Knowing how to measure your weight accurately at home can be a helpful skill when you’re trying to lose, gain, or maintain your current bodyweight.
Why Learn How to Measure Your Weight Accurately?
If you are working on a healthy lifestyle that includes bodyweight goals – losing, gaining or maintaining – then knowing how to accurately measure your weight could play an important role in your efforts. For many people, being able to monitor progress is an important motivator. Moreover, it helps to inform you as to where you currently are along your journey.
Though the number you see on a bathroom scale is far from the only factor to consider when it comes to knowing if you are losing, gaining or maintaining body fat, it can be one of a few indicators to help you along the way. Other factors can include waist measurements, for example.
Should You Be Calculating Your BMI?
Though the CDC and many health professionals across the United States still commonly point to body mass index (BMI) as a helpful measurement tool to determine whether someone is at a healthy bodyweight, it’s important to understand that this is far from a perfect measure.
For many people – such as individuals under a certain height, over a certain height, or who are particularly athletic – an inaccurate BMI score is provided when using the standard method of calculation.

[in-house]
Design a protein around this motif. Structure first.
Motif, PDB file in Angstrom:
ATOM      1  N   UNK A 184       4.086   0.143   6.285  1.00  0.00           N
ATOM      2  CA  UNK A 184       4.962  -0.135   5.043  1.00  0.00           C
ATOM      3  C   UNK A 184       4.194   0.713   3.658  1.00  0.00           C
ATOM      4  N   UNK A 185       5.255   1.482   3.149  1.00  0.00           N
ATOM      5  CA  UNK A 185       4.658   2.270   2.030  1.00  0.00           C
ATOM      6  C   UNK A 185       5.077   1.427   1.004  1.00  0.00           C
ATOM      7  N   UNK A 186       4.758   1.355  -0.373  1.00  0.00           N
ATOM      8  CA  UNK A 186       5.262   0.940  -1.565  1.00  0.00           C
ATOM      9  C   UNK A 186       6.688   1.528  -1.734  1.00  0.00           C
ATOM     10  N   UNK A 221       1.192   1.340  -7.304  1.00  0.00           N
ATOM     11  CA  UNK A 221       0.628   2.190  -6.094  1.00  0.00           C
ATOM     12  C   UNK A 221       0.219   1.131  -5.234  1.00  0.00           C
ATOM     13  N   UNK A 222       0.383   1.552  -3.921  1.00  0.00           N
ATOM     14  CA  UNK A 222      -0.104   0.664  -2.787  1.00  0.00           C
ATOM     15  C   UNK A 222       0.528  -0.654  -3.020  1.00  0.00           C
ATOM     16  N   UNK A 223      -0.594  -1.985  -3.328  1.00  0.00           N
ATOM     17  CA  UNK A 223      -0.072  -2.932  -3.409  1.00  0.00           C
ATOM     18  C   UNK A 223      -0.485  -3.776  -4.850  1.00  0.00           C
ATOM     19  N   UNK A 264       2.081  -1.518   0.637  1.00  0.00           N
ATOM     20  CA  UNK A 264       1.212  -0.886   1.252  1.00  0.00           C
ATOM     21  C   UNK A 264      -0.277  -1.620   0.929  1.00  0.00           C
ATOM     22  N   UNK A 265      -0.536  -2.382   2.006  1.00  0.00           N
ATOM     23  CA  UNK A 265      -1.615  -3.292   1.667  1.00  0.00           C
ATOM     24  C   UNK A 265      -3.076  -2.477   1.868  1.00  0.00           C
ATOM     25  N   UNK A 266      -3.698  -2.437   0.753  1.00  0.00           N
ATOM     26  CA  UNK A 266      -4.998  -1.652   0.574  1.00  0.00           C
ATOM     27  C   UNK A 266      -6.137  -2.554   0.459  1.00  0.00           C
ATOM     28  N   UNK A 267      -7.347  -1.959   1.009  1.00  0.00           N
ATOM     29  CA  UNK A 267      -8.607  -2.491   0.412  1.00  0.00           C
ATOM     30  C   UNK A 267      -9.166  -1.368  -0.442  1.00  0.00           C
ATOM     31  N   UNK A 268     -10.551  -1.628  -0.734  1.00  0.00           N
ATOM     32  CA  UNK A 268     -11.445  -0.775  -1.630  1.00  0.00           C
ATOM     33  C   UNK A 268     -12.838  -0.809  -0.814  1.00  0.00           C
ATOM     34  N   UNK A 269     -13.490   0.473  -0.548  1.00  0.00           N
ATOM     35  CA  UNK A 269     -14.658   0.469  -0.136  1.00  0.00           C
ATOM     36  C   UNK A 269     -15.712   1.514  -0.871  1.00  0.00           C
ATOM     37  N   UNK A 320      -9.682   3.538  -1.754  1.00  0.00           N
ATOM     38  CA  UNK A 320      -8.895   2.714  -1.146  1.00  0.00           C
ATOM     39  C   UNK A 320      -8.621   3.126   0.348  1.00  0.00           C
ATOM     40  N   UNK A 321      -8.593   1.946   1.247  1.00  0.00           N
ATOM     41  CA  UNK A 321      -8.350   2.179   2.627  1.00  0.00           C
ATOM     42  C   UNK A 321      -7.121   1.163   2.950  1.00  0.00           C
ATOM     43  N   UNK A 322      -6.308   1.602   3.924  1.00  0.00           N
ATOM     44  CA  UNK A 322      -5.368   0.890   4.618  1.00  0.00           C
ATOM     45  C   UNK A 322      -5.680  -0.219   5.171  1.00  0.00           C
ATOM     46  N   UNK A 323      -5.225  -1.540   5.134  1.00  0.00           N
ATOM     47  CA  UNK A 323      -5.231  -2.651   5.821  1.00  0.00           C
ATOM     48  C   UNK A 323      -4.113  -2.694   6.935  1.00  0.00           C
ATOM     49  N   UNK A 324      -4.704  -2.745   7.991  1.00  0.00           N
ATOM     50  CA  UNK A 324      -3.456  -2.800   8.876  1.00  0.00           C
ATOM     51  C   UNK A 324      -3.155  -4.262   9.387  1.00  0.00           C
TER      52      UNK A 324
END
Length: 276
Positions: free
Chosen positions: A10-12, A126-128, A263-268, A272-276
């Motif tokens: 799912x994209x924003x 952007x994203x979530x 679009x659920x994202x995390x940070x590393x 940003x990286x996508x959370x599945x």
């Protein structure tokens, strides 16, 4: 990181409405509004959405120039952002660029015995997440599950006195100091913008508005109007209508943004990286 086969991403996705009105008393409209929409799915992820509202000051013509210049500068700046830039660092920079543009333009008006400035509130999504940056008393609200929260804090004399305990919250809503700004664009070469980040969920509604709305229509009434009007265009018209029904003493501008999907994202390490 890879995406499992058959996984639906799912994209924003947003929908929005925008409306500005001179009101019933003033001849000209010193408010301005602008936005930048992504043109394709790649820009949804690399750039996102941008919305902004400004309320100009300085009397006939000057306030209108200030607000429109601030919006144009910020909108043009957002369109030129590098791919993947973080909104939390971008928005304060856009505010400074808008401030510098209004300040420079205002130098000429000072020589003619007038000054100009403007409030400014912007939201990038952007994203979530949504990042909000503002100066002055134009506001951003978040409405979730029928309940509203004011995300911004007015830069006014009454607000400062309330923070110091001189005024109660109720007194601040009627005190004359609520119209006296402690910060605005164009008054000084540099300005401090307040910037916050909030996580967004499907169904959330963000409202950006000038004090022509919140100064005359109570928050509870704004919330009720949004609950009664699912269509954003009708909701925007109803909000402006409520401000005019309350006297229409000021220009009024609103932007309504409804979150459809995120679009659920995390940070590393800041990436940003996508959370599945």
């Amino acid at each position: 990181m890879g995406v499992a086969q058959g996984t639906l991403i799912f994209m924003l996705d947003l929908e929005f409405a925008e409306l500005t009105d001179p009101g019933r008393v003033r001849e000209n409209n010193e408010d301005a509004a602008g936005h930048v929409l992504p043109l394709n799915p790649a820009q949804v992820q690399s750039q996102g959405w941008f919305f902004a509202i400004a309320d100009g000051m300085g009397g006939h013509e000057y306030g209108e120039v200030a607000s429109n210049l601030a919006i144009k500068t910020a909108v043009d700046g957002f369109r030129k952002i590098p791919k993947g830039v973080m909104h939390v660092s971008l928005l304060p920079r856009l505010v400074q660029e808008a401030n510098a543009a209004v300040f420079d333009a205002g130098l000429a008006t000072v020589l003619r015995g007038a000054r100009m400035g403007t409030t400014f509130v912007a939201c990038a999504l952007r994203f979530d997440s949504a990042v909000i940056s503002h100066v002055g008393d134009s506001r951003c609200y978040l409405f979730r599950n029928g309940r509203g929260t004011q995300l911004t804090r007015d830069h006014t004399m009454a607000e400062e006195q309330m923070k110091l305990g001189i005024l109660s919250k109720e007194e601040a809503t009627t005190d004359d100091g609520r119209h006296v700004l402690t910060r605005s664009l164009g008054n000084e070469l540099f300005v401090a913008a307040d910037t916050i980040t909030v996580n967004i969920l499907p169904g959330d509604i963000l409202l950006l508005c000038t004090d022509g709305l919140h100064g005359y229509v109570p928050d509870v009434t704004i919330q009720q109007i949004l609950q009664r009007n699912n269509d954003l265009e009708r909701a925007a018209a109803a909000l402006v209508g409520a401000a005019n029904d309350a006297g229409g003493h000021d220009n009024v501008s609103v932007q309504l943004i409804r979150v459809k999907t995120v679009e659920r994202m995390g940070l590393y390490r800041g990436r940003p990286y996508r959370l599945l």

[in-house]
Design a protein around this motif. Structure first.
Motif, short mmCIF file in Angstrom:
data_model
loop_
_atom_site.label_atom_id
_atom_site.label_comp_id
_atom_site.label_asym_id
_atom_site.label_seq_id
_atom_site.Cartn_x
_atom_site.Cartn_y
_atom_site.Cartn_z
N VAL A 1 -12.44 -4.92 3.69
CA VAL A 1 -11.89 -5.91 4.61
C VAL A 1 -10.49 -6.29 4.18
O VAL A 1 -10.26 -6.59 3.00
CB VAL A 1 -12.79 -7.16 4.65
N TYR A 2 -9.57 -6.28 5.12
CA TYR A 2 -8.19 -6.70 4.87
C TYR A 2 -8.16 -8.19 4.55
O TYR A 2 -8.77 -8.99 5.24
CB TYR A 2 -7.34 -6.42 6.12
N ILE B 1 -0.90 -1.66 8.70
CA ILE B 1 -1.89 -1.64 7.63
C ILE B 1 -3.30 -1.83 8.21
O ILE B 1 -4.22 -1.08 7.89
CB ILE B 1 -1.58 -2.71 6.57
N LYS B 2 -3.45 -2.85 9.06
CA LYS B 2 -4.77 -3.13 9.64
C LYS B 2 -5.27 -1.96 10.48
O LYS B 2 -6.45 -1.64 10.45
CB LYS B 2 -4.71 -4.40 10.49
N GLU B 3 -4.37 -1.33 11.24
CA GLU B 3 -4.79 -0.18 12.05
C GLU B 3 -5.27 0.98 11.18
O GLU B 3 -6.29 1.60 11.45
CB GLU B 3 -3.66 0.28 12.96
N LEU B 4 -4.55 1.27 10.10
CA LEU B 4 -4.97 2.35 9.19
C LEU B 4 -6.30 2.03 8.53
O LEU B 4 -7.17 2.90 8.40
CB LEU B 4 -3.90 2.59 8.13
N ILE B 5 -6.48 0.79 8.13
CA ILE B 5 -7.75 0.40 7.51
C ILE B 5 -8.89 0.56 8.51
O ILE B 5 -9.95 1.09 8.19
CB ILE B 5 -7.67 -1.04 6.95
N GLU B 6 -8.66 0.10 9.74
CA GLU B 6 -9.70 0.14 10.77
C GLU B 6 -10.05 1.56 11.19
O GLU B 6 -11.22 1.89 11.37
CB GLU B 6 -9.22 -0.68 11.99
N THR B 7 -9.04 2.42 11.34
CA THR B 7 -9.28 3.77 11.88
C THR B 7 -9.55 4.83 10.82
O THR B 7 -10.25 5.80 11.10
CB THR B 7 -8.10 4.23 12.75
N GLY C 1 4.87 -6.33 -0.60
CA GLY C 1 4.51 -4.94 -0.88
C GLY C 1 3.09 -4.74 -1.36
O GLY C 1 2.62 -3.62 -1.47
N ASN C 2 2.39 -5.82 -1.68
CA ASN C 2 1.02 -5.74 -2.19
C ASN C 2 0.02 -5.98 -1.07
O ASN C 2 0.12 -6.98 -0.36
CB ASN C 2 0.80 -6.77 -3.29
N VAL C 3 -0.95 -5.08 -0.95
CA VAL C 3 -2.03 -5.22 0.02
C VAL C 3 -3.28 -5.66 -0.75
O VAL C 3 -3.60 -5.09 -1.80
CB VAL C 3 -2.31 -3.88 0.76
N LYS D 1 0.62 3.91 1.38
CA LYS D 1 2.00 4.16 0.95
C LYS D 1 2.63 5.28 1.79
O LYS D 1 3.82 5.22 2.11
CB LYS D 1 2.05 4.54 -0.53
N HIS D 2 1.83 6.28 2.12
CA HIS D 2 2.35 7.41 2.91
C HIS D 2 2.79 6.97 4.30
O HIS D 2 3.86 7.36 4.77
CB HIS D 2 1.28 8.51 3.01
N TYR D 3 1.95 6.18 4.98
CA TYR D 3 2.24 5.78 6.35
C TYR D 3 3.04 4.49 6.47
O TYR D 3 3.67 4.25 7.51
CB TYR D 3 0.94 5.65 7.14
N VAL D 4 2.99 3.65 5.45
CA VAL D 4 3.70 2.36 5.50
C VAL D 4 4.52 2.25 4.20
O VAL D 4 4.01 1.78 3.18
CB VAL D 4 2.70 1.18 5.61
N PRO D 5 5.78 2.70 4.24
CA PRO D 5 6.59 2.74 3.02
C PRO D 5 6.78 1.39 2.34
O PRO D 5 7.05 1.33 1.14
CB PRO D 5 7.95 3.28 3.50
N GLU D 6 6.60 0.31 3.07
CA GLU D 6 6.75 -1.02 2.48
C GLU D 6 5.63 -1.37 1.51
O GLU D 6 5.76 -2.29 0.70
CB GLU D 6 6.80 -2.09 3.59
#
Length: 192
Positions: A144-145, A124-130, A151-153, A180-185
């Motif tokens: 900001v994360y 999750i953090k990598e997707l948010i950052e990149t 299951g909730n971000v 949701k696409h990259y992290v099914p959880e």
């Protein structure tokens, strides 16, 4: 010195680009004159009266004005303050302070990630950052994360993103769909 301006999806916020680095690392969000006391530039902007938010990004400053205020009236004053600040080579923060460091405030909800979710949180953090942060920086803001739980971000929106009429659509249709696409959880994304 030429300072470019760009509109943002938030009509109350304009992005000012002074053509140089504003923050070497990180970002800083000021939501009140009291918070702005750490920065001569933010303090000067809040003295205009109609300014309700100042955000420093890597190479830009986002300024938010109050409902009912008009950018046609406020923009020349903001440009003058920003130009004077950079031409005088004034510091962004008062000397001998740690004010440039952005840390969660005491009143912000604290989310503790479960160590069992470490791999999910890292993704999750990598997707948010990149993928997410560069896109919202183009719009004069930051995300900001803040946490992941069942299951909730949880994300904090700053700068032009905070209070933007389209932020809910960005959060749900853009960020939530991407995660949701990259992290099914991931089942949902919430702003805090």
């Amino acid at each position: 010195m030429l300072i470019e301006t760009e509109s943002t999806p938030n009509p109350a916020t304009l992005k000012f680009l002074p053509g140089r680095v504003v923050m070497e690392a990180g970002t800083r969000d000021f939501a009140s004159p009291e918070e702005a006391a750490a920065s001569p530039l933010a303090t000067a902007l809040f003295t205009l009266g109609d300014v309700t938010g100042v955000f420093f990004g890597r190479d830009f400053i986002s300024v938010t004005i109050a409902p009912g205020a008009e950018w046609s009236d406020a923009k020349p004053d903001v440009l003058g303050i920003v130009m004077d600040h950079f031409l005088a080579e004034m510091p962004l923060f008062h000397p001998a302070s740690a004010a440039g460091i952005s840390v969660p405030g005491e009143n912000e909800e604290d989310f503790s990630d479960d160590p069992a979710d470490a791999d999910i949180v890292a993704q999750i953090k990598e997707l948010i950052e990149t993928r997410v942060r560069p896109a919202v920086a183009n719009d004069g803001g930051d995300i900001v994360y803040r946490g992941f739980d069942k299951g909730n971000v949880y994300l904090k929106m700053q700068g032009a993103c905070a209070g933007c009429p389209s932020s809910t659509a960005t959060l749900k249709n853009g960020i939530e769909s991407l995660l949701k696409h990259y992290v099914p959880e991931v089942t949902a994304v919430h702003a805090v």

Therefore, while it can be helpful in some areas, like waist circumference, it is no longer considered a diagnostic tool for any potential disease. If you’re wondering what to do with your data once you measure your weight, it’s always a good idea to speak with a qualified healthcare professional.
Steps to Accurately Measure Your Weight at Home
According to the CDC, the following are some helpful steps to be sure you measure your weight accurately at home.
- Use a good digital scale, avoiding spring-loaded models.
- Place the scale on firm, even flooring such as wood or tile. Avoid using the scale on carpet.
- Remove heavy clothing and shoes.
- Stand with both feet well centered on the scale.
- Record the weight to the nearest decimal point, such as 150.2 pounds.
Ideally, weigh yourself at the same time of day on an empty stomach, such as first thing in the morning. This will help to make sure you measure your weight and not that of the food you just ate. Keep a record instead of relying on your memory. This will allow you to know your numbers are accurate and will let you observe your progress over time.